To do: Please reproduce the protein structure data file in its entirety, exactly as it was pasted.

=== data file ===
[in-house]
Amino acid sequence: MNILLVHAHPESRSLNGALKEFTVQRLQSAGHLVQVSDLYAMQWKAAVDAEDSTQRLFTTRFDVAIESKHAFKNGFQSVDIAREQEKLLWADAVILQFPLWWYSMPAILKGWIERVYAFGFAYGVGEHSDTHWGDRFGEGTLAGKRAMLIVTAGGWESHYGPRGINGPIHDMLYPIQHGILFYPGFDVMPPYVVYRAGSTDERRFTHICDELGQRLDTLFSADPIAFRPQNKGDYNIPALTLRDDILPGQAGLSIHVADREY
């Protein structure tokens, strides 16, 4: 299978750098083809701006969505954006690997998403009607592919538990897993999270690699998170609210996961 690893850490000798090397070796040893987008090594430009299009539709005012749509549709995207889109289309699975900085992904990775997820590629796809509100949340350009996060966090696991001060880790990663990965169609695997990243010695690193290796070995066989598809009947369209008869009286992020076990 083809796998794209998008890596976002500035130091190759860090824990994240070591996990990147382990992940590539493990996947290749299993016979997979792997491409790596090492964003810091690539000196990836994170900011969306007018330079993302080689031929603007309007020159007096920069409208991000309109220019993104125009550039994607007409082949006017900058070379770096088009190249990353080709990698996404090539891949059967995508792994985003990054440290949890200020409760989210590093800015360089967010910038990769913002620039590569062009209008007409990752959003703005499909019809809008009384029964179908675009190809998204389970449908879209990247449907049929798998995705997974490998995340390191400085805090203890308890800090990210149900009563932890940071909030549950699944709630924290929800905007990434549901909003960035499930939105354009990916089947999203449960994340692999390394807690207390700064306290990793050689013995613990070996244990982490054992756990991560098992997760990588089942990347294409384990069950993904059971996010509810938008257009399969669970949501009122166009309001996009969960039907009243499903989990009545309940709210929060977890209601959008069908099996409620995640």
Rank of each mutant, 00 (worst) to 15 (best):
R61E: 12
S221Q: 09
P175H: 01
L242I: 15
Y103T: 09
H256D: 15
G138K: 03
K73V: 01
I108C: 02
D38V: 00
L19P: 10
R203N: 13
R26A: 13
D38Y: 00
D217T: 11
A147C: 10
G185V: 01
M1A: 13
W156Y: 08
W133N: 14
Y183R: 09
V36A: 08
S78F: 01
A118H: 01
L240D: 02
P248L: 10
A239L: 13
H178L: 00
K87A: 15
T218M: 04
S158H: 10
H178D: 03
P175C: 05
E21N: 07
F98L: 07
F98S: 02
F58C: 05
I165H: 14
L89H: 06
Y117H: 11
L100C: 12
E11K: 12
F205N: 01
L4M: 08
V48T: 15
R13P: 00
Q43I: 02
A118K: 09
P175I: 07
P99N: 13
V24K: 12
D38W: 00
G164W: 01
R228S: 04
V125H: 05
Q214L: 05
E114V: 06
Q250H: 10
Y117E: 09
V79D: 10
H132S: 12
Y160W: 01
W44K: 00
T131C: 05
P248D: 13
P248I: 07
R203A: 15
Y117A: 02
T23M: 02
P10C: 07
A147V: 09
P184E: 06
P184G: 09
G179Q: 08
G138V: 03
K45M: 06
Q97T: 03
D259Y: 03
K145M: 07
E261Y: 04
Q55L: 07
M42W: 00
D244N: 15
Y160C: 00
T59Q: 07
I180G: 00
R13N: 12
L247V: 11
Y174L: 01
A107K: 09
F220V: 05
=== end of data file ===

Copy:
[in-house]
Amino acid sequence: MNILLVHAHPESRSLNGALKEFTVQRLQSAGHLVQVSDLYAMQWKAAVDAEDSTQRLFTTRFDVAIESKHAFKNGFQSVDIAREQEKLLWADAVILQFPLWWYSMPAILKGWIERVYAFGFAYGVGEHSDTHWGDRFGEGTLAGKRAMLIVTAGGWESHYGPRGINGPIHDMLYPIQHGILFYPGFDVMPPYVVYRAGSTDERRFTHICDELGQRLDTLFSADPIAFRPQNKGDYNIPALTLRDDILPGQAGLSIHVADREY
């Protein structure tokens, strides 16, 4: 299978750098083809701006969505954006690997998403009607592919538990897993999270690699998170609210996961 690893850490000798090397070796040893987008090594430009299009539709005012749509549709995207889109289309699975900085992904990775997820590629796809509100949340350009996060966090696991001060880790990663990965169609695997990243010695690193290796070995066989598809009947369209008869009286992020076990 083809796998794209998008890596976002500035130091190759860090824990994240070591996990990147382990992940590539493990996947290749299993016979997979792997491409790596090492964003810091690539000196990836994170900011969306007018330079993302080689031929603007309007020159007096920069409208991000309109220019993104125009550039994607007409082949006017900058070379770096088009190249990353080709990698996404090539891949059967995508792994985003990054440290949890200020409760989210590093800015360089967010910038990769913002620039590569062009209008007409990752959003703005499909019809809008009384029964179908675009190809998204389970449908879209990247449907049929798998995705997974490998995340390191400085805090203890308890800090990210149900009563932890940071909030549950699944709630924290929800905007990434549901909003960035499930939105354009990916089947999203449960994340692999390394807690207390700064306290990793050689013995613990070996244990982490054992756990991560098992997760990588089942990347294409384990069950993904059971996010509810938008257009399969669970949501009122166009309001996009969960039907009243499903989990009545309940709210929060977890209601959008069908099996409620995640």
Rank of each mutant, 00 (worst) to 15 (best):
R61E: 12
S221Q: 09
P175H: 01
L242I: 15
Y103T: 09
H256D: 15
G138K: 03
K73V: 01
I108C: 02
D38V: 00
L19P: 10
R203N: 13
R26A: 13
D38Y: 00
D217T: 11
A147C: 10
G185V: 01
M1A: 13
W156Y: 08
W133N: 14
Y183R: 09
V36A: 08
S78F: 01
A118H: 01
L240D: 02
P248L: 10
A239L: 13
H178L: 00
K87A: 15
T218M: 04
S158H: 10
H178D: 03
P175C: 05
E21N: 07
F98L: 07
F98S: 02
F58C: 05
I165H: 14
L89H: 06
Y117H: 11
L100C: 12
E11K: 12
F205N: 01
L4M: 08
V48T: 15
R13P: 00
Q43I: 02
A118K: 09
P175I: 07
P99N: 13
V24K: 12
D38W: 00
G164W: 01
R228S: 04
V125H: 05
Q214L: 05
E114V: 06
Q250H: 10
Y117E: 09
V79D: 10
H132S: 12
Y160W: 01
W44K: 00
T131C: 05
P248D: 13
P248I: 07
R203A: 15
Y117A: 02
T23M: 02
P10C: 07
A147V: 09
P184E: 06
P184G: 09
G179Q: 08
G138V: 03
K45M: 06
Q97T: 03
D259Y: 03
K145M: 07
E261Y: 04
Q55L: 07
M42W: 00
D244N: 15
Y160C: 00
T59Q: 07
I180G: 00
R13N: 12
L247V: 11
Y174L: 01
A107K: 09
F220V: 05